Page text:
Several years ago Reading Is Fundamental (RIF) initiated our Multicultural Literacy Campaign, borne from our concern with the NAEP figures we were studying from years past and the distance with which African-American, HIspanic and American Indian children continued to perform behind their Asian and Caucasian peers. Our campaign is a multi-year effort designed in part to provide children the opportunity to explore and learn about their own culture and the culture of others, the “mirrors and windows with sliding glass doors” concept as articulated by Dr. Rudine Sims Bishop. One component of our effort is a yearly compilation of multicultural book sets through the generous sponsorship of Macy’s; these sets are distributed to more than 500 sites annually with the book lists and activities posted online for all to use.

RIF held the launch for the 2012 collection at the Library of Congress Young Readers’ Center with a panel made up of authors and illustrators whose books are featured in that “CELEBRATIONS” collection; the panel was chaired by Dr. Violet Harris, a literacy expert and chair of RIF’s Literature Advisory Board.

In her presentation, Dr. Harris set the context for the audience regarding the need for multicultural literature for all children, literature representing as many cultures as possible by discussing the work of Dr. Nancy Larrick, the second president (56-57) of the International Reading Association. Larrick is said to have noted the impetus for her oft-quoted study in the early 1960′s was when a five year old black girl asked her why all the children were white in the books she read. Her question came more than 20 years after Charlemae Rollins and others had begun a campaign for more positive examples of blacks and black culture in books for children. The lack of progress as well as that little girl’s sincere question compelled Dr. Larrick to investigate and produce the article “The All White World of Children’s Books” published in The Saturday Review of Books in 1965.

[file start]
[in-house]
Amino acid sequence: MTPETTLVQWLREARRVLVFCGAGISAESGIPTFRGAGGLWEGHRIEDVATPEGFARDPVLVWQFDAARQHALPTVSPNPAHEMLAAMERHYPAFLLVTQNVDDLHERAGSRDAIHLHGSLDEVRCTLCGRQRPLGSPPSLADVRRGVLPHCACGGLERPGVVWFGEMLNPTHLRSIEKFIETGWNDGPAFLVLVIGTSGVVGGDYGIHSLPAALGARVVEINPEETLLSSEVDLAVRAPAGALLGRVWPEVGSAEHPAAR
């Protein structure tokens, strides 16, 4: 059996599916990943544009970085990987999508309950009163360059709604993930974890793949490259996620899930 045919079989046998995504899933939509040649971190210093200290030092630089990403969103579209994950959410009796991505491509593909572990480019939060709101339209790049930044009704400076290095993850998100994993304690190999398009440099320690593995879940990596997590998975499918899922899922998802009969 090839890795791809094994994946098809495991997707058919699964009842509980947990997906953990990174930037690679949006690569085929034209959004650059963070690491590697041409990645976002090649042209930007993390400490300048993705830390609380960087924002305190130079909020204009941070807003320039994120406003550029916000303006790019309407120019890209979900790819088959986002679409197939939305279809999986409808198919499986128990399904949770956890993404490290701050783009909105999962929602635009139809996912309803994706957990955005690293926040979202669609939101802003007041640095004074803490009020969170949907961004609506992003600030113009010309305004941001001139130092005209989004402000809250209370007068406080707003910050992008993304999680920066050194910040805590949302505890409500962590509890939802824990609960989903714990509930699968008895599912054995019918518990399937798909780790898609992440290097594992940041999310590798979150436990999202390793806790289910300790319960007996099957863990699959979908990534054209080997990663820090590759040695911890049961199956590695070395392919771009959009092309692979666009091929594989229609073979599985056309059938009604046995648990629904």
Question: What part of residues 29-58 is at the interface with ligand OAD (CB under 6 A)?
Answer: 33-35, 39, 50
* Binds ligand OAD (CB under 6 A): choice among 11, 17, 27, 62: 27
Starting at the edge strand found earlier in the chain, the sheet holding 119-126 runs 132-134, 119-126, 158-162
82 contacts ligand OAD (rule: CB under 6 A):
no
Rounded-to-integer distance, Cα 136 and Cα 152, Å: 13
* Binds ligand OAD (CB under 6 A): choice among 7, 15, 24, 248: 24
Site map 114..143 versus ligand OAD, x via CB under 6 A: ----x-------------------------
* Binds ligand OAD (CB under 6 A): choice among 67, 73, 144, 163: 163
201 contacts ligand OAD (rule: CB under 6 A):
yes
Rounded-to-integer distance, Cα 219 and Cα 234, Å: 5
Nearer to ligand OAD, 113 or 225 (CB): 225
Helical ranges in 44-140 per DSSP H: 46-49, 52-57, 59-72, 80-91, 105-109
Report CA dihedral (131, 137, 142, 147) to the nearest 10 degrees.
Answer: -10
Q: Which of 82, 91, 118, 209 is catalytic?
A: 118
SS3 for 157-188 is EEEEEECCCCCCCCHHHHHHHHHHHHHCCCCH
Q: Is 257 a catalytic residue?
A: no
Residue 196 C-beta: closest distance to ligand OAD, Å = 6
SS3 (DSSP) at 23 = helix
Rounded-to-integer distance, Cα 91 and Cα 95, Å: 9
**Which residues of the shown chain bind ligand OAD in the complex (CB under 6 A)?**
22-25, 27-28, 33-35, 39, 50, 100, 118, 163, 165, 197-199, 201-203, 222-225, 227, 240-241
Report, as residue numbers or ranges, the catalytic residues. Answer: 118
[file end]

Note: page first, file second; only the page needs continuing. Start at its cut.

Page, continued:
rollins3Rollins had published her groundbreaking We Build Together in 1948; this is a publication which “highlighted criteria for choosing books that portrayed Blacks realistically and built democratic attitudes among all people.” Rollins noted in her publication:

For many years books about Negro children followed a stereotyped pattern. The characters portrayed were the barefoot menial, or the red-lipped clown. Rarely did the Negro character in a story where there were other children ever take part in the story as equals. Illustrators, it seemed, could not resist presenting the quaint ‘pickaninny type’.

With regret we note today the change in children’s literature has not kept pace as many of us would have hoped. Similar statements can be made and are indeed written about the lack of inclusion of other cultures in children’s literature.

As Dr. Harris further noted ”…I want to emphasize…, it is a fight that goes on constantly. Each generation or even every couple of years it is two steps forward, one step back.” And further food for thought from Dr. Harris was her question to us: How can we say to the rest of the world that you need to model yourselves after us, our educational systems, our political systems, our economic systems and so forth, when we disenfranchise a significant portion of our citizenry?